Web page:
“So this strategic review will be a comprehensive assessment of the business to tackle all of these issues. It’s still unclear what will ultimately unfold from this review, but our guess is that we’ll see multiple actions to maximize shareholder value,” he explained. “For example, we could see Albertsons divest some underperforming banners and use that cash to buy back stock and accelerate investments in areas like supply chain, technology and e-commerce. But again, I’ll emphasize that there are still a lot of unknowns right now.”
Improvement at the bottom line
On the earnings side, Albertsons posted fiscal 2021 fourth-quarter net income of $455.1 million, or 79 cents per diluted share, compared with a a net loss of $144.2 million, or 37 cents per diluted share, in fiscal 2020. The prior-year loss reflected a $607.2 million charge related to the company’s withdrawal from the Food Employers Labor Relations Association and United Food and Commercial Workers (UFCW) Pension Fund and the Mid-Atlantic UFCW and Participating Pension Fund.
Adjusted net earnings in the 2021 quarter were $436.8 million, or 75 cents per diluted share, versus $347.2 million, or 60 cents per diluted share, in the 2020 quarter. Analysts, on average, had forecast adjusted earnings per share (EPS) of 64 cents, with estimates ranging from 59 cents to 69 cents, according to Refinitiv.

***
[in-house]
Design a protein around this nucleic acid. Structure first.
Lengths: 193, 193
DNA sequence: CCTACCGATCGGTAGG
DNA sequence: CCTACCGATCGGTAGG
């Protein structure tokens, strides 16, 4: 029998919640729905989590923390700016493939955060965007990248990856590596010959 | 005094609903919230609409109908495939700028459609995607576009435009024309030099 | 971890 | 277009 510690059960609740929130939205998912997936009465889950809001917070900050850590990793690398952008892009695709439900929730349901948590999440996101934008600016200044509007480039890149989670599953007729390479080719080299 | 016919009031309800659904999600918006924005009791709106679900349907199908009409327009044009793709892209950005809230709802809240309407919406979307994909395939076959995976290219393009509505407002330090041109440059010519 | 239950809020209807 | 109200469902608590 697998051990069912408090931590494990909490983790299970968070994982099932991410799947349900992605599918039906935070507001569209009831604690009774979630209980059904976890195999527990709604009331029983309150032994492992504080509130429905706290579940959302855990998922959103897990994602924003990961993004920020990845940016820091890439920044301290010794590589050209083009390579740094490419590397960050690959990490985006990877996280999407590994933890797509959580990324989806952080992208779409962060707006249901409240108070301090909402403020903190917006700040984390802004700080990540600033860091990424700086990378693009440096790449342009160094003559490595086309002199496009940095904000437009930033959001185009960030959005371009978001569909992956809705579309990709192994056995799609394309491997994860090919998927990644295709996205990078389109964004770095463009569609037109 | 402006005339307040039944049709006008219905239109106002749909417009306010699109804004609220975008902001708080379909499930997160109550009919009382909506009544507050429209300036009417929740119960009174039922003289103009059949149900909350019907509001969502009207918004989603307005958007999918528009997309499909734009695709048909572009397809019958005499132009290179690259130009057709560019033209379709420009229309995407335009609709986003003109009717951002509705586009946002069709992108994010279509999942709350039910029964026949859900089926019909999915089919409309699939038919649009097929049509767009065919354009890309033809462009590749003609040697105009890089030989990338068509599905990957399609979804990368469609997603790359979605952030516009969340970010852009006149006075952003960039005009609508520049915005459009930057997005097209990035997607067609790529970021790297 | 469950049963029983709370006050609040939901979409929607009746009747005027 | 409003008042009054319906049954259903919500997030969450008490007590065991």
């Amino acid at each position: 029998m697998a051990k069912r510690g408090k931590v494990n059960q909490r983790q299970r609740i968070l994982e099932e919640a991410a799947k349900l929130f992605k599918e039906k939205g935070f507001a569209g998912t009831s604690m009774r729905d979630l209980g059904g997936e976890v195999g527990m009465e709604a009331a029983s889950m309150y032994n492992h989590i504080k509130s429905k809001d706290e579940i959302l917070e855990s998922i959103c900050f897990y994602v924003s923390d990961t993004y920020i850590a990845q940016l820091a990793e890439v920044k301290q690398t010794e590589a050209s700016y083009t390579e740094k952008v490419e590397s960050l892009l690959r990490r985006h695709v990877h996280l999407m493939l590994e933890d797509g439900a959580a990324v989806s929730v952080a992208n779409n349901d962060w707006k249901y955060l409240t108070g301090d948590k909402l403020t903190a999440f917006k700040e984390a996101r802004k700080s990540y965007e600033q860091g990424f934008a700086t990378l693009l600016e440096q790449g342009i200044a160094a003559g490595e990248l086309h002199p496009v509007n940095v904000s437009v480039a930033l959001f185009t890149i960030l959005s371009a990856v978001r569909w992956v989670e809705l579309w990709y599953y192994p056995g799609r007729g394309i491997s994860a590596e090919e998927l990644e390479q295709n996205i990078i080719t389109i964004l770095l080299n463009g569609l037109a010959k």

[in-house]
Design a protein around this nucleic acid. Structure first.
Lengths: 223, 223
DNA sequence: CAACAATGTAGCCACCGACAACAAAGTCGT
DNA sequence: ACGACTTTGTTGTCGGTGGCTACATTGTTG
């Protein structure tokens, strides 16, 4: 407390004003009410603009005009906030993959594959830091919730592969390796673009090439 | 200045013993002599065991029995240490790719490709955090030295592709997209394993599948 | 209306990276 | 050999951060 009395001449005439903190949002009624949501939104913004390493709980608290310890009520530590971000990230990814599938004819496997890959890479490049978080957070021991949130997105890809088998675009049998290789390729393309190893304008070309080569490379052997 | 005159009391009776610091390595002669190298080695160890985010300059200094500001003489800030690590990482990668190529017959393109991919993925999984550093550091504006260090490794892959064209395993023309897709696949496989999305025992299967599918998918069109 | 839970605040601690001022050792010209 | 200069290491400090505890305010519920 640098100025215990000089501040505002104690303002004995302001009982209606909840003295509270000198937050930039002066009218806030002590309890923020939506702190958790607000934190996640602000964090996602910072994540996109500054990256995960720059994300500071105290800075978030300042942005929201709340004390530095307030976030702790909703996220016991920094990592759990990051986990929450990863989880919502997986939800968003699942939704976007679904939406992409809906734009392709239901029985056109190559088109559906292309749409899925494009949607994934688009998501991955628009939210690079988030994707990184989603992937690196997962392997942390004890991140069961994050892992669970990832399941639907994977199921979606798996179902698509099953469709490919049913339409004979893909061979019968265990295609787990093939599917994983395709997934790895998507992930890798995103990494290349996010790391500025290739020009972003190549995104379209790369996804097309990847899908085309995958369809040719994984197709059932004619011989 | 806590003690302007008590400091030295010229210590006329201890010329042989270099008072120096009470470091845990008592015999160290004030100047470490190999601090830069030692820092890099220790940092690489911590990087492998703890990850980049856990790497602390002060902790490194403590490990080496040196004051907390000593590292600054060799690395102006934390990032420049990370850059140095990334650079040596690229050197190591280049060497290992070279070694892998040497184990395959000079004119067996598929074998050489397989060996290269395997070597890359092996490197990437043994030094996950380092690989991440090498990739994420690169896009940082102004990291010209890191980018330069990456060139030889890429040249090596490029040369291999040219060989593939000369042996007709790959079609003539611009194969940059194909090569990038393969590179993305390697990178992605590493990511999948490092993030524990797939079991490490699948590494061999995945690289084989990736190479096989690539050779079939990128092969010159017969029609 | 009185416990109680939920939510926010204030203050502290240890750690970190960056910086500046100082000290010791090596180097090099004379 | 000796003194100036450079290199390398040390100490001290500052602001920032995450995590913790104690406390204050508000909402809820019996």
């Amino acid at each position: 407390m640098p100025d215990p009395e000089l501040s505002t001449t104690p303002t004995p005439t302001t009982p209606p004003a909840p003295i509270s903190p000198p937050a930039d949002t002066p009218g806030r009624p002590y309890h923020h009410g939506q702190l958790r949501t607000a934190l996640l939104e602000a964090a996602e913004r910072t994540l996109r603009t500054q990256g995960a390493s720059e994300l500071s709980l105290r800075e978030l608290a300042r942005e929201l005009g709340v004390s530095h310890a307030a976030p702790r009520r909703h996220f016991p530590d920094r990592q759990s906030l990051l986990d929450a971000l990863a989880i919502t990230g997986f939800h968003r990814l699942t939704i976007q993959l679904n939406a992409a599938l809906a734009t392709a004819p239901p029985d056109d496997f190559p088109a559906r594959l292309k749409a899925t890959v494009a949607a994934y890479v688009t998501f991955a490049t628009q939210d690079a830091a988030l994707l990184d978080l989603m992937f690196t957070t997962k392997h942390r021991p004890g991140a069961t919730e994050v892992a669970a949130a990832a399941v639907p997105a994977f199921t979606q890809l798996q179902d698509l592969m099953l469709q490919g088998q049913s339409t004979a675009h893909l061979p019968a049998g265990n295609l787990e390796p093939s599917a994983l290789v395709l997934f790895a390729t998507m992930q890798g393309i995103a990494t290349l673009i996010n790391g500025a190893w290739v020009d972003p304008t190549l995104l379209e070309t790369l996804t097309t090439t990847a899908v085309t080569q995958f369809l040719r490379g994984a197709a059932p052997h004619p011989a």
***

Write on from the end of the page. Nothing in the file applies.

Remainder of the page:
Albertsons’ full-year 2021 net income totaled $1.62 billion, or $2.70 per diluted share, compared with $850.2 million, or $1.47 per diluted share, in 2020. On an adjusted basis, fiscal 2021 net earnings came in at $1.78 billion, or $3.07 per diluted share, versus $1.89 billion, or $3.24 per diluted share, for 2020. Analysts’ consensus estimate was for adjusted EPS of $2.95, with projections running from $2.79 to $3.01.
Looking ahead, Albertsons projects fiscal 2022 identical-sales growth of 2% to 3% and adjusted EPS of $2.70 to $2.85. Analysts forecast full-year adjusted EPS at $2.30 to $3.07, with a consensus estimate of $2.78.
“We are pleased with our 2021 results and the continuing momentum we are seeing as we enter 2022,” Sankaran said. “Our relative performance, evidenced by our profitable ID sales growth and market share gains, continues to be strong. Our strategy is working, and we’re executing well against industrywide pressures. And the transformation we began before the pandemic significantly strengthened our company.”
Following Albertsons’ outlook, CFRA issued a hold on the retailer’s shares. “Guidance for fiscal 2023 was in line with consensus, although Albertsons did call out several headwinds this upcoming year, including substantially reduced COVID-19 vaccine benefits, labor/wage pressures, and continued investments in e-commerce, supply chain and its nascent advertising business,” Sundaram said in a research note on Tuesday. “While we have a negative 12-month fundamental outlook on the broader food retail industry, we keep a hold on Albertsons shares, as we believe its valuation looks more attractive relative to its largest competitor, Kroger.”